24 Frames: O Estudante de Praga (Der Student von Prag, Arthur Robison, 1935)
ARTHUR ROBISON (aka Artur Robison)
Born June 25, 1888, Chicago (Illinois, USA)
Died October 20, 1935, Berlin (Germany)
The director of one of Weimar cinema’s enduring classics, SCHATTEN (Warning Shadows, 1923), Robison made his name as a consummate professional in a range of genres.
Born into a family of German-Americans, Robison grew up in the United States and from 1895 in Germany. He studied medicine and subsequently worked as a general practitioner before returning to the United States in 1911, where he appeared as an actor on stage in German-language theatres.
Back in Germany after his father’s death in 1914, Robison entered the film industry, writing scripts for adventure serials. Working for Lu Synd-Film his directorial debut was DES NACHSTEN WEIB (Your Neighbour’s Wife), starring Synd and Friedrich Kiihne, followed by NACHTE DES GRAUENS (Nights of Terror, both 1916) with Synd, Werner Krauss and Emil Jannings. Over the following years he worked in Switzerland and, once again, in the United States.
ZWISCHEN ABEND UND MORGEN (Between Evening and Morning, 1923) marked his first collaboration with cinematographer Fritz Arno Wagner, who also contributed much to the foreboding and claustrophobic atmosphere of SCHATTEN, Robison’s next and most famous production. The film, which starred Fritz Kortner as an intensely jealous husband, whose inner violent fantasies are given expression in a shadowplay performance, won wide acclaim, and remains a classic of Weimar cinema’s ‘haunted screen’.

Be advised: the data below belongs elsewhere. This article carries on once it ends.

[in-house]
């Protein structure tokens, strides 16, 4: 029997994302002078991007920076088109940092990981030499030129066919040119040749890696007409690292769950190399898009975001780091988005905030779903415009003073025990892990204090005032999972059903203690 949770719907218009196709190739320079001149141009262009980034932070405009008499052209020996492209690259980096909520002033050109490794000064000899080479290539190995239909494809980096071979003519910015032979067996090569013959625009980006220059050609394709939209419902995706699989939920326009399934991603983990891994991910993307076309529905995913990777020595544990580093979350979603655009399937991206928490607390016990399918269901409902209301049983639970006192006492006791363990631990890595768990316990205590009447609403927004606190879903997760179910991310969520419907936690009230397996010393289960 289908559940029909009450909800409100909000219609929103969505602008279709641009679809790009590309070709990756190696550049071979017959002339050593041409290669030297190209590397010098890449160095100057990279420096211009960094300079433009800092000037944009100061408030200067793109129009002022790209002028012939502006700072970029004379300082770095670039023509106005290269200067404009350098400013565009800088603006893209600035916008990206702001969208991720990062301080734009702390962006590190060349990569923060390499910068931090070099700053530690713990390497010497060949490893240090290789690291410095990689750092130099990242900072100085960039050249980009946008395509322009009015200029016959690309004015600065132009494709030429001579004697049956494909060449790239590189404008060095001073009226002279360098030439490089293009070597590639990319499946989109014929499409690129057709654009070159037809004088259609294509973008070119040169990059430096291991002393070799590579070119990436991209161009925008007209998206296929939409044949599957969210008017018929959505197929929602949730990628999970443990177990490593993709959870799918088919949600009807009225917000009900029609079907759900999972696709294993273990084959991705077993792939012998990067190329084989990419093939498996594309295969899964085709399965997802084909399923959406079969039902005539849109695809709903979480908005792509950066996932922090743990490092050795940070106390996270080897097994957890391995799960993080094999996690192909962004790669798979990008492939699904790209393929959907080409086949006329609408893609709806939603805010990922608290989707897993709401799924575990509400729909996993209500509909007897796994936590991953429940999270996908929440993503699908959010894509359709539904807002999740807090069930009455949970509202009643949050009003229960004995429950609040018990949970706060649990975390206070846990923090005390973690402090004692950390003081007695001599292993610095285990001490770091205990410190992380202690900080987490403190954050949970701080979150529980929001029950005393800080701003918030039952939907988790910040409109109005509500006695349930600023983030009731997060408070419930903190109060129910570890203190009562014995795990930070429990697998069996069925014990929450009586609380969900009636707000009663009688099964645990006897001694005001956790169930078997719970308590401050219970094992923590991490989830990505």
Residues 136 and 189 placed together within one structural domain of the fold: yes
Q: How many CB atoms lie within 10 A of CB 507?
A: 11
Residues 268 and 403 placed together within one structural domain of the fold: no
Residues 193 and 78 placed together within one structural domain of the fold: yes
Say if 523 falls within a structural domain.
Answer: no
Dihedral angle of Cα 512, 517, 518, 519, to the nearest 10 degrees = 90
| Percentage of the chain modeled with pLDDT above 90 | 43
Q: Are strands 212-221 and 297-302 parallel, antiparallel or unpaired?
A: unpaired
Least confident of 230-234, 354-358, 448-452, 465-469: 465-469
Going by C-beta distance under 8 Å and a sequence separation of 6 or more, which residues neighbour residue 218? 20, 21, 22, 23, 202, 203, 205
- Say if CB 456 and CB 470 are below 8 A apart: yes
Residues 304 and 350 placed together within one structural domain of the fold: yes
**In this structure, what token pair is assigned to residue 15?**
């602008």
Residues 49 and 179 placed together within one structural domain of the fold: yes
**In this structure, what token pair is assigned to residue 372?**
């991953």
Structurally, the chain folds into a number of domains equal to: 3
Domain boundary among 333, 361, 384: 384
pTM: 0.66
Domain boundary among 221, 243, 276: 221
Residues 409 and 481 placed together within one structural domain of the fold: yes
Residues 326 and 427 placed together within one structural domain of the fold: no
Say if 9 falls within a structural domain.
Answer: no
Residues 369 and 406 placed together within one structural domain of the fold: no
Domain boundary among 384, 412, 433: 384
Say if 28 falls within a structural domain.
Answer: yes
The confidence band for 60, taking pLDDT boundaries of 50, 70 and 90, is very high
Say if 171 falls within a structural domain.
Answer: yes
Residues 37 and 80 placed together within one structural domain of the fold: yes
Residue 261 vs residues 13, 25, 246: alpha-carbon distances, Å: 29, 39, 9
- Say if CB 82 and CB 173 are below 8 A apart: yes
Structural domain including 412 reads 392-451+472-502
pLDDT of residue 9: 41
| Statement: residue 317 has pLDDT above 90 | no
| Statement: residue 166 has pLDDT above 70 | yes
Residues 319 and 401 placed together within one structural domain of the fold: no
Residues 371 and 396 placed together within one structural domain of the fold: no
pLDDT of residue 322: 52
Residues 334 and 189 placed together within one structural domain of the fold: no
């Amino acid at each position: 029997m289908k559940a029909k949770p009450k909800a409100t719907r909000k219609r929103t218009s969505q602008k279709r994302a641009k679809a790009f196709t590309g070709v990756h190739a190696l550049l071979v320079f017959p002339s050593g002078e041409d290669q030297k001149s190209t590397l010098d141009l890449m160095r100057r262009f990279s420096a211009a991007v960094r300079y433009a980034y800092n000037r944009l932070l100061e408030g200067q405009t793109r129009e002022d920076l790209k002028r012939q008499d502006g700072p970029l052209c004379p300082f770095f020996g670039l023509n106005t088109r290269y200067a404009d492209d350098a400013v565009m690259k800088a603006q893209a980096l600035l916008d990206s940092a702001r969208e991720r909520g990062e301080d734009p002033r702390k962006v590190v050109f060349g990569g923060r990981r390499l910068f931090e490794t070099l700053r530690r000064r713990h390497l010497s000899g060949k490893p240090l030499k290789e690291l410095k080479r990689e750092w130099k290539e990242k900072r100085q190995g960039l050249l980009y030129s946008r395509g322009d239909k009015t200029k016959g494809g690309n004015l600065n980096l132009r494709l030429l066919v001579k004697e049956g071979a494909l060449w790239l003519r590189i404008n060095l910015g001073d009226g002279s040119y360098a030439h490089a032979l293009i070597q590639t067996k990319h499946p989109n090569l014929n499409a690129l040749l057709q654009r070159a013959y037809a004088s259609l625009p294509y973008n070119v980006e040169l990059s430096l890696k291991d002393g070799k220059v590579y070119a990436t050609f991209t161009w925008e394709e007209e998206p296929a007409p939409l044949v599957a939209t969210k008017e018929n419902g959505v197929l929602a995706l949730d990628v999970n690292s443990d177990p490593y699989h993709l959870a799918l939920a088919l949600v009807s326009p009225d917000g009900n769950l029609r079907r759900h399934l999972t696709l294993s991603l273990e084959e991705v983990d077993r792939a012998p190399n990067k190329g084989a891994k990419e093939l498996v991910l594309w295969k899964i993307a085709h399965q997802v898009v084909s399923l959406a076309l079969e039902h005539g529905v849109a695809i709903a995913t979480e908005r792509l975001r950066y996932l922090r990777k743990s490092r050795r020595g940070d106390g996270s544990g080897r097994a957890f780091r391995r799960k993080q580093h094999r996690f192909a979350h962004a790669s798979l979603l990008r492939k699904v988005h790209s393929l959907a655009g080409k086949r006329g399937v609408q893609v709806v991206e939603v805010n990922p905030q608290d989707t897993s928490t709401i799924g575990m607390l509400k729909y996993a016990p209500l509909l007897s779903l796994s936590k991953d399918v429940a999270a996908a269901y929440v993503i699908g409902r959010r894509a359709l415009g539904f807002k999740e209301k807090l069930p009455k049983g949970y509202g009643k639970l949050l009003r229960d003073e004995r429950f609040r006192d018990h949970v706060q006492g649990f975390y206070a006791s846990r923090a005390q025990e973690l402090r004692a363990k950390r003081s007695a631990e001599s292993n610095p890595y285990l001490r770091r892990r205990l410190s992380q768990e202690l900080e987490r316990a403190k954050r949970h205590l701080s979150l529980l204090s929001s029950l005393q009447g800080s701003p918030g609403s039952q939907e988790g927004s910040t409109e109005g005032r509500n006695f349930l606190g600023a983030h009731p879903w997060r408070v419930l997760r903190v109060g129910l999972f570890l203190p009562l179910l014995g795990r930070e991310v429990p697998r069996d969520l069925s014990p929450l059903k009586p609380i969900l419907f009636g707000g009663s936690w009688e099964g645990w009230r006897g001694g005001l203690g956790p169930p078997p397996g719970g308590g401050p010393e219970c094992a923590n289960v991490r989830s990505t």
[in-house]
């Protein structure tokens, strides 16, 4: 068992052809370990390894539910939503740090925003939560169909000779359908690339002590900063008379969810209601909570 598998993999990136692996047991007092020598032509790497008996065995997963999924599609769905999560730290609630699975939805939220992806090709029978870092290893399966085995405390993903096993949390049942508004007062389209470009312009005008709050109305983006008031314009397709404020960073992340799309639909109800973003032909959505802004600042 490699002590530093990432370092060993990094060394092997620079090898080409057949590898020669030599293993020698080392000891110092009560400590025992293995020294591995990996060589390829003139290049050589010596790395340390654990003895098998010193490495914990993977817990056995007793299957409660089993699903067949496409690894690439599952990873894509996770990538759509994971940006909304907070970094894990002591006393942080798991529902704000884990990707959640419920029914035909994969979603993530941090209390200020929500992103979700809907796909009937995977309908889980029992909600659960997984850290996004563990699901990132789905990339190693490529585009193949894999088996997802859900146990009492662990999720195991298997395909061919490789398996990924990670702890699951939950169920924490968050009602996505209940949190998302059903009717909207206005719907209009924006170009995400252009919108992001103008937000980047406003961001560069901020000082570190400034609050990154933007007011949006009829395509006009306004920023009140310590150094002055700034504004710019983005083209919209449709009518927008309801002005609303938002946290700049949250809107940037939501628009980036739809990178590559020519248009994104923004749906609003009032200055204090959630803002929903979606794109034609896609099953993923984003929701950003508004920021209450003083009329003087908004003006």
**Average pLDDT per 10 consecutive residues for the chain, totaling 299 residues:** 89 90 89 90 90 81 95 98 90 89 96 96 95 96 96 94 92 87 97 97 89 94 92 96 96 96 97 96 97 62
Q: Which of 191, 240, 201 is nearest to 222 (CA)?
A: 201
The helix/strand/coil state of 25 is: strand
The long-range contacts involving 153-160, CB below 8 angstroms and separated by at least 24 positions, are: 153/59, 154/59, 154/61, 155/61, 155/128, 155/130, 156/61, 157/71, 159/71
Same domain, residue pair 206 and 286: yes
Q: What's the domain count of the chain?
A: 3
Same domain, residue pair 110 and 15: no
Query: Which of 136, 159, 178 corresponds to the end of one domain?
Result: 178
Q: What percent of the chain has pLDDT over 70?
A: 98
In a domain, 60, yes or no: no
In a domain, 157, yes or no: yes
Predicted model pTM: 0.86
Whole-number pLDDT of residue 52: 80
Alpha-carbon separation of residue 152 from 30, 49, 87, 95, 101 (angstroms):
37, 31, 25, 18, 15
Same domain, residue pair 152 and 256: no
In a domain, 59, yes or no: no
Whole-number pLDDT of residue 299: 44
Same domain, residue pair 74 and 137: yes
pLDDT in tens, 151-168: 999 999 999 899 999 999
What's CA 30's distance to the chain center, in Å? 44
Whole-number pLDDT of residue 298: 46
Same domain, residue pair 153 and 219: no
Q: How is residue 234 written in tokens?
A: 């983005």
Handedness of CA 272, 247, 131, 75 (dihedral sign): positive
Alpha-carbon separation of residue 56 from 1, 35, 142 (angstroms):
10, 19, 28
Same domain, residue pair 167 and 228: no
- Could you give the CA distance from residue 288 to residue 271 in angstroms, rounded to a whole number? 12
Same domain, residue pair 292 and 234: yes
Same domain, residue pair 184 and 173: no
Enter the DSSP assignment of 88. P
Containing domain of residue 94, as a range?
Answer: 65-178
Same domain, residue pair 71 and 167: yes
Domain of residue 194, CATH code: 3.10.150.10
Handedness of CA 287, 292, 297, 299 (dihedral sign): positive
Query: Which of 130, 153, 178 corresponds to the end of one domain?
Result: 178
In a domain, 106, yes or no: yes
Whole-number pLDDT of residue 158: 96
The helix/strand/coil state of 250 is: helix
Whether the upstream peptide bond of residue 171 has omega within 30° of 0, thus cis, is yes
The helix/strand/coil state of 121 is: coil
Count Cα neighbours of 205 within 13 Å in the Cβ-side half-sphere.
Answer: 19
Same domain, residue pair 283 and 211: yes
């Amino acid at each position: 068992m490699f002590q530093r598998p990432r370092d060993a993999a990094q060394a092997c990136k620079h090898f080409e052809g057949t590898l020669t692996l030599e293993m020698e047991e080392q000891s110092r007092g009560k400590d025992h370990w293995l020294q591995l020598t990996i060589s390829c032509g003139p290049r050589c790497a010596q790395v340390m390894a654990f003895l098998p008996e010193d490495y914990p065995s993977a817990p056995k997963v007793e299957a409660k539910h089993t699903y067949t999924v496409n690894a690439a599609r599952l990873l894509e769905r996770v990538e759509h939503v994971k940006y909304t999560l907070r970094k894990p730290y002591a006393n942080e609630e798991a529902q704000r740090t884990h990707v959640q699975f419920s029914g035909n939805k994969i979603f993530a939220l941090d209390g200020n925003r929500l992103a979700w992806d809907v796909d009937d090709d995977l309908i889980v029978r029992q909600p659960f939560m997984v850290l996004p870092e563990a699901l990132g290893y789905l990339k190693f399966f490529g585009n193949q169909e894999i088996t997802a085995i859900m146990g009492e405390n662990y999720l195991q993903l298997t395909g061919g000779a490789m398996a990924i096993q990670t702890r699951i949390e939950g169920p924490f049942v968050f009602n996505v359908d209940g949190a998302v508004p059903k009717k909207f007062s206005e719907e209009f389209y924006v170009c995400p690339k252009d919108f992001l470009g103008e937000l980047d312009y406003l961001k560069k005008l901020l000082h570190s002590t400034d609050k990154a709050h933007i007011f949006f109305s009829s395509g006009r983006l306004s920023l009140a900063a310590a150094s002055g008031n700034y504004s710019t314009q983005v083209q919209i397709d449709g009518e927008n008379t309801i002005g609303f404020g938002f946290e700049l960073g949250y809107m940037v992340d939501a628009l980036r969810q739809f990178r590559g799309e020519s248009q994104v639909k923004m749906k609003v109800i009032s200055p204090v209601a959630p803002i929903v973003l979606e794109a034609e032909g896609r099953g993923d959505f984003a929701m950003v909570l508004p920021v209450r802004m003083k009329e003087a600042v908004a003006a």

Subsequently contracted by Erich Pommer to Ufa, Robison’s assignments included the lavish costume dramas PIETRO, DER KORSAR (Peter the Pirate, 1924/25) and MANON LESCAUT (1925/26), confirming Robison’s talent for ambitious entertainment productions. The Parufamet production DER LETZTE WALZER (The Last Waltz, 1927) was among only a handful of German films during these years with a successful release in the United States.
Following the circus melodrama LOOPING THE LOOP (1927/28), which had been partially shot in London, he made THE INFORMER (1929) for British International Pictures, an atmospheric adaptation of Liam O’Flaherty’s novel, elevated by Werner Brandes’s chiaroscuro camerawork and Lya de Putti’s naturalistic performance as the fiancee of an IRA informer.
In the early 1930s, Robison directed a number of German language versions of MGM productions in Hollywood, before returning to Germany in 1933, again working for Ufa. His final film was a remake of DER STUDENT VON PRAG (The Student of Prague, 1935), with Adolf Wohlbrük in the title role.
The Concise Cinegraph: Encyclopaedia of German Cinema (Hans-Michael Bock)